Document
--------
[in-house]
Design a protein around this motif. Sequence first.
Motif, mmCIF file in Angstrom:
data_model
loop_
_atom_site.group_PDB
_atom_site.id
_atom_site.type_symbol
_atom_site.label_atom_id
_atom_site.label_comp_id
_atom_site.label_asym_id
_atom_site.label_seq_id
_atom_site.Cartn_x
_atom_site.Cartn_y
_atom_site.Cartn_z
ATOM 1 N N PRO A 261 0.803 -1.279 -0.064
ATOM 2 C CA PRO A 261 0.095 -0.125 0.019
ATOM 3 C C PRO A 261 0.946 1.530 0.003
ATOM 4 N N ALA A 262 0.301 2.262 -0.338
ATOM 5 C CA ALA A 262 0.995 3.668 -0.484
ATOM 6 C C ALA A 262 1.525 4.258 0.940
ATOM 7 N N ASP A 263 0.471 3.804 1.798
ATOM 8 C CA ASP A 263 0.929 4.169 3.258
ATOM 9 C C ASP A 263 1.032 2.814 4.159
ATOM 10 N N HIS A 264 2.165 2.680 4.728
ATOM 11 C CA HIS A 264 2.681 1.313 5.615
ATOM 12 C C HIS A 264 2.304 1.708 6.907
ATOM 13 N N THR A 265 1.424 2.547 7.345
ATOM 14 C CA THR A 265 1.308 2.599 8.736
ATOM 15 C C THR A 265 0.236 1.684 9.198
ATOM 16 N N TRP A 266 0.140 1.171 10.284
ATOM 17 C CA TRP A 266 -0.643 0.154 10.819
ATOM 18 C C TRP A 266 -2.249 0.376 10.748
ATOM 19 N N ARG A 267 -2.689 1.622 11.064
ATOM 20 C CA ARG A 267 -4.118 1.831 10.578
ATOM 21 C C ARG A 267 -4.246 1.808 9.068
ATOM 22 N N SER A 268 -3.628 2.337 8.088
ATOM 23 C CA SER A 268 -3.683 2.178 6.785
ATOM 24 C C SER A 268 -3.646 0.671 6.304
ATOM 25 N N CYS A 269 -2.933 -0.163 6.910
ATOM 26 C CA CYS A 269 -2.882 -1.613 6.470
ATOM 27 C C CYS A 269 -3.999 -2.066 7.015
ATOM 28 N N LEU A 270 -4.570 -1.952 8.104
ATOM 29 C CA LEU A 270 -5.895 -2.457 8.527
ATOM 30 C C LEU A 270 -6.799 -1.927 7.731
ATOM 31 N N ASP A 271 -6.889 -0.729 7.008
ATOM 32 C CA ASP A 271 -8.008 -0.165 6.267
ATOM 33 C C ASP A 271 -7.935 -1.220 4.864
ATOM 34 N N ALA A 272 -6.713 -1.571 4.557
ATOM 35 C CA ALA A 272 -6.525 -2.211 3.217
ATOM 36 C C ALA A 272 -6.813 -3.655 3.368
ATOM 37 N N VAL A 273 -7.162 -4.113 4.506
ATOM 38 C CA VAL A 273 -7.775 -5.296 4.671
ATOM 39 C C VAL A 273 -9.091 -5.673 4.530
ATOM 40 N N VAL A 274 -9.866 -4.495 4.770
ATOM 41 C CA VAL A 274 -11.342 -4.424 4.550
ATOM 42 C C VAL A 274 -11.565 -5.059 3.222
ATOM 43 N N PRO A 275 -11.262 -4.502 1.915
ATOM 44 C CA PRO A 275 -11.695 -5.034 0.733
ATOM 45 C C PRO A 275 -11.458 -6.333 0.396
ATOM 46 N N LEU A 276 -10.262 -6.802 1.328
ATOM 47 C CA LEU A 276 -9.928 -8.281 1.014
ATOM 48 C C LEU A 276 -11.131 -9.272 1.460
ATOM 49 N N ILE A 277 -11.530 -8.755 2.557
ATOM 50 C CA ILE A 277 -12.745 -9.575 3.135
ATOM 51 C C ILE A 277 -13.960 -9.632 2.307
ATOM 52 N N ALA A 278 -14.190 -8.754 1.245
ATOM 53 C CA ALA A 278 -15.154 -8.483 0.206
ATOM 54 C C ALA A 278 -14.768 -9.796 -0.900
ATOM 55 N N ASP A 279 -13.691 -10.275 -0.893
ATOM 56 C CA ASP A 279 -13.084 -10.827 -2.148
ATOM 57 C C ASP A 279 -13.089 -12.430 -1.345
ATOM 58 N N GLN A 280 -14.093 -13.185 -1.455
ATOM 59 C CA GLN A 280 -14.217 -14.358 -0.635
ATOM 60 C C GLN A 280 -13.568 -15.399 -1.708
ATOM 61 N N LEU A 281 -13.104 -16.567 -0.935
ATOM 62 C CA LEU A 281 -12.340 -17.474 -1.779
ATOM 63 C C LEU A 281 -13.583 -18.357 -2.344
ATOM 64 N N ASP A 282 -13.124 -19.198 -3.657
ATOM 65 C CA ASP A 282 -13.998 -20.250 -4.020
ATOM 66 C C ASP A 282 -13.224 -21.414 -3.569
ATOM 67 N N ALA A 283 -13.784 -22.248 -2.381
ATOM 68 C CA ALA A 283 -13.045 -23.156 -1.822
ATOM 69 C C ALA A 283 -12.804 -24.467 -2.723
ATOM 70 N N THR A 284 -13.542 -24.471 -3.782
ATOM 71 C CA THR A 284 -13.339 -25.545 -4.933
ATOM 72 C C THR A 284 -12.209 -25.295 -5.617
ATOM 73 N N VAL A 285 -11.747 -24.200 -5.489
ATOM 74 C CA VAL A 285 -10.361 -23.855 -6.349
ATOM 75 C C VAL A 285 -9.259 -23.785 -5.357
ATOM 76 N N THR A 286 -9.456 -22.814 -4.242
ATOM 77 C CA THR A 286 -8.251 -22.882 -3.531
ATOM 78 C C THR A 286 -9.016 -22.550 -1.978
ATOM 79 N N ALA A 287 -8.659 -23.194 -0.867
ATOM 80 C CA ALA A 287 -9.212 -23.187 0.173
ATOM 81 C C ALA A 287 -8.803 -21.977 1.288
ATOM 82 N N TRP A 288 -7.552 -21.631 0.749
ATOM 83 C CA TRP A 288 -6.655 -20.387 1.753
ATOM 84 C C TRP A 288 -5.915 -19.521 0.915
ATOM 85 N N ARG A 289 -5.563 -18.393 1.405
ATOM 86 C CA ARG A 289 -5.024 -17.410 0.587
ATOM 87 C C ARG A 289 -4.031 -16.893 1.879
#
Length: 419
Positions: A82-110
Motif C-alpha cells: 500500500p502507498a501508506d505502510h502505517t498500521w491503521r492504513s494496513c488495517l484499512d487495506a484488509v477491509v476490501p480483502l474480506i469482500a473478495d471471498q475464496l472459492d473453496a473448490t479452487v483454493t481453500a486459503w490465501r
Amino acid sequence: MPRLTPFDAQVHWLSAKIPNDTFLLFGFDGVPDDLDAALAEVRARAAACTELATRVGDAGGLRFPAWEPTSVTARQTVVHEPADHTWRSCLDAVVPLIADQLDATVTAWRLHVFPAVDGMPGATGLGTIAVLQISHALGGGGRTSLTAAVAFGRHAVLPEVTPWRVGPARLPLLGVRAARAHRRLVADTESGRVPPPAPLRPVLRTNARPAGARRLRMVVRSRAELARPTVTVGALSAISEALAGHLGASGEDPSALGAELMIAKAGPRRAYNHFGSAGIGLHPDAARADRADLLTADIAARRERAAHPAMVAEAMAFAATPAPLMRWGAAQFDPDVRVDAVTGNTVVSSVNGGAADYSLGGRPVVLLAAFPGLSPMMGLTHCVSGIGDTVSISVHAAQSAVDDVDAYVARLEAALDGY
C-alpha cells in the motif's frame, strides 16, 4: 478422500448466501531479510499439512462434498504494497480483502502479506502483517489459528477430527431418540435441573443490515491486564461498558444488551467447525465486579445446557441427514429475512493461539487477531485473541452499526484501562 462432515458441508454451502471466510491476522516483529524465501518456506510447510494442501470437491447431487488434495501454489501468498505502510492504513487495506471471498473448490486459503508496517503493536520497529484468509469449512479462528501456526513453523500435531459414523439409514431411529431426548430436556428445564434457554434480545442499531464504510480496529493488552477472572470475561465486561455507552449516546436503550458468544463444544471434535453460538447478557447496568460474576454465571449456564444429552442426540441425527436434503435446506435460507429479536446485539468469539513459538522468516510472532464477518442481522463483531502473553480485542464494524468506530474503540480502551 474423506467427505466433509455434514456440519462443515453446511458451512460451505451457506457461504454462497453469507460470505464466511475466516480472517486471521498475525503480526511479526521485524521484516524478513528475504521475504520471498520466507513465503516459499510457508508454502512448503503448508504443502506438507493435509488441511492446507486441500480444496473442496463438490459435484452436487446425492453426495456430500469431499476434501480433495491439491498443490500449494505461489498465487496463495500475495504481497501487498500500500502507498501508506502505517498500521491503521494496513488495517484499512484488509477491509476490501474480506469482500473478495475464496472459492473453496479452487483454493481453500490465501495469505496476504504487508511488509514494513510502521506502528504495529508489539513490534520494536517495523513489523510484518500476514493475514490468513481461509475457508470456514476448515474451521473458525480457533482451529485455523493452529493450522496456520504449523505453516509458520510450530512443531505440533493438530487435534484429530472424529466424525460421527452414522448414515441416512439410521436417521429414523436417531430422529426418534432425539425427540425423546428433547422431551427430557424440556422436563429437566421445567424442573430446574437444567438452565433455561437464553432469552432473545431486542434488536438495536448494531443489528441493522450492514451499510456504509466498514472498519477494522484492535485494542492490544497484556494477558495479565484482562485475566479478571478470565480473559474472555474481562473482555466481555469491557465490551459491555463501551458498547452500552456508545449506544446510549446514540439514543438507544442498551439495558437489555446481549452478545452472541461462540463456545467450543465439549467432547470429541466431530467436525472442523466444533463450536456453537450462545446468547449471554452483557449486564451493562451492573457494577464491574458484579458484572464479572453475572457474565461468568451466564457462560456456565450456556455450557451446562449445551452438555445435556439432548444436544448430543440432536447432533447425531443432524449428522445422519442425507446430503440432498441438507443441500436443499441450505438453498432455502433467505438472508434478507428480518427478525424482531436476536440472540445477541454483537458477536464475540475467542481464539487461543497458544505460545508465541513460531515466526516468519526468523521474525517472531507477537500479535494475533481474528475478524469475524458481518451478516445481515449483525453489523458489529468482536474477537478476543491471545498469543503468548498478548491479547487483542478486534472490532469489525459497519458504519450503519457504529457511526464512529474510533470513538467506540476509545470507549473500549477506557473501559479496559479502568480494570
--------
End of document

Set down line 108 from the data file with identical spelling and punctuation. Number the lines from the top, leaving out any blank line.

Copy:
C-alpha cells in the motif's frame, strides 16, 4: 478422500448466501531479510499439512462434498504494497480483502502479506502483517489459528477430527431418540435441573443490515491486564461498558444488551467447525465486579445446557441427514429475512493461539487477531485473541452499526484501562 462432515458441508454451502471466510491476522516483529524465501518456506510447510494442501470437491447431487488434495501454489501468498505502510492504513487495506471471498473448490486459503508496517503493536520497529484468509469449512479462528501456526513453523500435531459414523439409514431411529431426548430436556428445564434457554434480545442499531464504510480496529493488552477472572470475561465486561455507552449516546436503550458468544463444544471434535453460538447478557447496568460474576454465571449456564444429552442426540441425527436434503435446506435460507429479536446485539468469539513459538522468516510472532464477518442481522463483531502473553480485542464494524468506530474503540480502551 474423506467427505466433509455434514456440519462443515453446511458451512460451505451457506457461504454462497453469507460470505464466511475466516480472517486471521498475525503480526511479526521485524521484516524478513528475504521475504520471498520466507513465503516459499510457508508454502512448503503448508504443502506438507493435509488441511492446507486441500480444496473442496463438490459435484452436487446425492453426495456430500469431499476434501480433495491439491498443490500449494505461489498465487496463495500475495504481497501487498500500500502507498501508506502505517498500521491503521494496513488495517484499512484488509477491509476490501474480506469482500473478495475464496472459492473453496479452487483454493481453500490465501495469505496476504504487508511488509514494513510502521506502528504495529508489539513490534520494536517495523513489523510484518500476514493475514490468513481461509475457508470456514476448515474451521473458525480457533482451529485455523493452529493450522496456520504449523505453516509458520510450530512443531505440533493438530487435534484429530472424529466424525460421527452414522448414515441416512439410521436417521429414523436417531430422529426418534432425539425427540425423546428433547422431551427430557424440556422436563429437566421445567424442573430446574437444567438452565433455561437464553432469552432473545431486542434488536438495536448494531443489528441493522450492514451499510456504509466498514472498519477494522484492535485494542492490544497484556494477558495479565484482562485475566479478571478470565480473559474472555474481562473482555466481555469491557465490551459491555463501551458498547452500552456508545449506544446510549446514540439514543438507544442498551439495558437489555446481549452478545452472541461462540463456545467450543465439549467432547470429541466431530467436525472442523466444533463450536456453537450462545446468547449471554452483557449486564451493562451492573457494577464491574458484579458484572464479572453475572457474565461468568451466564457462560456456565450456556455450557451446562449445551452438555445435556439432548444436544448430543440432536447432533447425531443432524449428522445422519442425507446430503440432498441438507443441500436443499441450505438453498432455502433467505438472508434478507428480518427478525424482531436476536440472540445477541454483537458477536464475540475467542481464539487461543497458544505460545508465541513460531515466526516468519526468523521474525517472531507477537500479535494475533481474528475478524469475524458481518451478516445481515449483525453489523458489529468482536474477537478476543491471545498469543503468548498478548491479547487483542478486534472490532469489525459497519458504519450503519457504529457511526464512529474510533470513538467506540476509545470507549473500549477506557473501559479496559479502568480494570